It is a spiritually affirming, life-changing trip which all Muslims are obliged to make at least once in a lifetime.
In less than three weeks, about two million Muslims will descend on Makkah in Saudi Arabia from all corners of the world to come together in a deeply symbolic display of unity and worship. Many will return to their home countries altered forever.
The Hajj is visually inspiring as millions collectively circumnavigate the Kaaba and spiritually uplifting for those who take part.
Yet some despicable con artists see the holiest of rituals in Islam as an opportunity to exploit those who spend their entire savings on the trip of a lifetime.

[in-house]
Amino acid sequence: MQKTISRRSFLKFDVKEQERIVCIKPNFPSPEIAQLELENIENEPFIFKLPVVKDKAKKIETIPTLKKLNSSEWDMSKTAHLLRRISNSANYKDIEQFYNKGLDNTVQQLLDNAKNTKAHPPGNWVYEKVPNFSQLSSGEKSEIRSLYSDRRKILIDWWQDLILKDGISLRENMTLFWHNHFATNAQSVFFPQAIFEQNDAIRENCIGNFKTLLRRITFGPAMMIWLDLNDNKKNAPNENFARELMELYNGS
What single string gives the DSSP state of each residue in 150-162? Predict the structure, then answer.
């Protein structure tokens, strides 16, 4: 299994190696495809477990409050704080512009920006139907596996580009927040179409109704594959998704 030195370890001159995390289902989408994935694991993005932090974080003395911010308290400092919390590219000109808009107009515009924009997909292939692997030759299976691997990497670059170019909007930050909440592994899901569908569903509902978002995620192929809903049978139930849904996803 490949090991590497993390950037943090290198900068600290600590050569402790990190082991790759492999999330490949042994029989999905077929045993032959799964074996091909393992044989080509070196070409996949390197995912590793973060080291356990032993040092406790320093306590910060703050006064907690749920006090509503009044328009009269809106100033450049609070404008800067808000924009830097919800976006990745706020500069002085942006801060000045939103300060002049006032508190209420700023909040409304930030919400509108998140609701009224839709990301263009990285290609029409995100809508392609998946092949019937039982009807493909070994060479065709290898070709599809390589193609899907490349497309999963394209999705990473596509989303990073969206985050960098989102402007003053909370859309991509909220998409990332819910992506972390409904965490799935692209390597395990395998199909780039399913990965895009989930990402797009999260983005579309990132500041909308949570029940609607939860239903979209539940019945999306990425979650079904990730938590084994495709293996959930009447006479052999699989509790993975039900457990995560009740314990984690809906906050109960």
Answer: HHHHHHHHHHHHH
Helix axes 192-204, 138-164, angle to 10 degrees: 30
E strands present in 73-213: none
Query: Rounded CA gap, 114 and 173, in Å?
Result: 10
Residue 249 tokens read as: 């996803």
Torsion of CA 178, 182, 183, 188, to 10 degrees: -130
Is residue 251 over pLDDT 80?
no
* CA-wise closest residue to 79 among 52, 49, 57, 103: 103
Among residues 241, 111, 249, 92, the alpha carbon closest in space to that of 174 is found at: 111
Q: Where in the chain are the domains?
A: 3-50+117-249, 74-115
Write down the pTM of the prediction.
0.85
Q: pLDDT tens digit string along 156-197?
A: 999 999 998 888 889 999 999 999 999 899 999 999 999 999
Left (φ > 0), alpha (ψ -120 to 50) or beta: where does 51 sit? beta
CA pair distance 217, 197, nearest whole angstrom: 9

It is particularly contemptible that they are preying on those who, in good faith, trust them to deliver the opportunity to participate in the ultimate act of worship, only to find themselves the victims of fraud. At this time of year, such criminal activity is particularly prevalent.
The issue arises every year because the responsibility for booking packages is delegated to offices in each country to deal with the mammoth task of processing the huge volume of visitors. Those offices should be properly vetted and social media outlets monitored to ensure those trying to take advantage of pilgrims are exposed.
However, some pretend to have these credentials and instead prey on the vulnerable.
Anyone wishing to perform Hajj, too, has a responsibility to vet agencies booking their trips and are advised to stick to service providers which come with a recommendation from someone they know.
The Hajj is physically and mentally strenuous and a great test of strength and endurance for those taking part.
It should not be made even more arduous or the spiritual experience dampened by those lacking a conscience.